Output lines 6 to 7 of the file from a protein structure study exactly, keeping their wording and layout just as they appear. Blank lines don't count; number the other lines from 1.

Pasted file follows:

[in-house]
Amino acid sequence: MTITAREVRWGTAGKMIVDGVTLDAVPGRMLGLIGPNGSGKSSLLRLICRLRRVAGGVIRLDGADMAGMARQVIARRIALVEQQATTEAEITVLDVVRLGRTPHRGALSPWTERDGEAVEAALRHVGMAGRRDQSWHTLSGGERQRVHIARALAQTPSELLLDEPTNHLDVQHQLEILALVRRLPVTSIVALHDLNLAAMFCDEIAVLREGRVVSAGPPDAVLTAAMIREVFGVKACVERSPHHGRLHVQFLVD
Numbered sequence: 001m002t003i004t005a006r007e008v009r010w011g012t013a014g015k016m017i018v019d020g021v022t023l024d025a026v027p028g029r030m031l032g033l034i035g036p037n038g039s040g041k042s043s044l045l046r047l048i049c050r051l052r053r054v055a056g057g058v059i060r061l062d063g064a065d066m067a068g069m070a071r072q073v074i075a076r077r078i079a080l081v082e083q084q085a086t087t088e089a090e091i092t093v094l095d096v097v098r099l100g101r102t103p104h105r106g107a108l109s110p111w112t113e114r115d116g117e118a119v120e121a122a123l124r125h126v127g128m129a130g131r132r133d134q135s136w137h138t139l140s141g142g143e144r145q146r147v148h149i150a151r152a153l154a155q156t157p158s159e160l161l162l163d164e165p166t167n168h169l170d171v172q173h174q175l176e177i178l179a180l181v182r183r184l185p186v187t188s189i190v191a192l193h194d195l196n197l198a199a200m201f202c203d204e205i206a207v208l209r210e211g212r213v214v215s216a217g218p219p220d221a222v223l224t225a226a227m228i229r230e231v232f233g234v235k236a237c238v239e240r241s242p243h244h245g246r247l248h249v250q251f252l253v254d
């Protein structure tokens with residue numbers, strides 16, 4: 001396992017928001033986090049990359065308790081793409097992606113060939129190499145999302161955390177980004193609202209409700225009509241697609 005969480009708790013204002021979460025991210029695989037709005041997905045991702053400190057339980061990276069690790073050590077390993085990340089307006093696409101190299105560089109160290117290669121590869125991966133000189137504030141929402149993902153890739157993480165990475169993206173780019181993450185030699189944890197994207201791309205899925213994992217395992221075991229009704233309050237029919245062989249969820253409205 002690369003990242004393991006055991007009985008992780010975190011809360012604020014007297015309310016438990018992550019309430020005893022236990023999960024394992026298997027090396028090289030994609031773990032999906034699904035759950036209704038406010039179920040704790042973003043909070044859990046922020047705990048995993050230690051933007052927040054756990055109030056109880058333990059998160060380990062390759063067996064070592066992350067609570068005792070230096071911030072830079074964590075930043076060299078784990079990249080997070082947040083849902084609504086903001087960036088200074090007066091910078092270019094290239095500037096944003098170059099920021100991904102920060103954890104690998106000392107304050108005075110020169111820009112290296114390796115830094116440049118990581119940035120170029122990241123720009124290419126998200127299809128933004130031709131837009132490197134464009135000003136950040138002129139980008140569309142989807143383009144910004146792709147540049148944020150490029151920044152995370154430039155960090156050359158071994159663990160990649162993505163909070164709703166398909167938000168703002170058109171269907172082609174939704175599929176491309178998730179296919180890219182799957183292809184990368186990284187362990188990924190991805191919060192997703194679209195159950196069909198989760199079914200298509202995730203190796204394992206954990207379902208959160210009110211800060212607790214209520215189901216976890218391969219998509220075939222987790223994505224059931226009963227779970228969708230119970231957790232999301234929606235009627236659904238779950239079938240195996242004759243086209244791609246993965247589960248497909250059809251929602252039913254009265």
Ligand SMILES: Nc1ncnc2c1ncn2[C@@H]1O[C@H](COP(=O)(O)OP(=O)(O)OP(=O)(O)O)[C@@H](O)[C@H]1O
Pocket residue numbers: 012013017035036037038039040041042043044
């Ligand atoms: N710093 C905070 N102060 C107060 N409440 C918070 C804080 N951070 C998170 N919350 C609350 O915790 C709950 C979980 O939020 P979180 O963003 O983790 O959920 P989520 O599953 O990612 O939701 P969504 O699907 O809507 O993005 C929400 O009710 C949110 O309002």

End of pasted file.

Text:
Pocket residue numbers: 012013017035036037038039040041042043044
């Ligand atoms: N710093 C905070 N102060 C107060 N409440 C918070 C804080 N951070 C998170 N919350 C609350 O915790 C709950 C979980 O939020 P979180 O963003 O983790 O959920 P989520 O599953 O990612 O939701 P969504 O699907 O809507 O993005 C929400 O009710 C949110 O309002």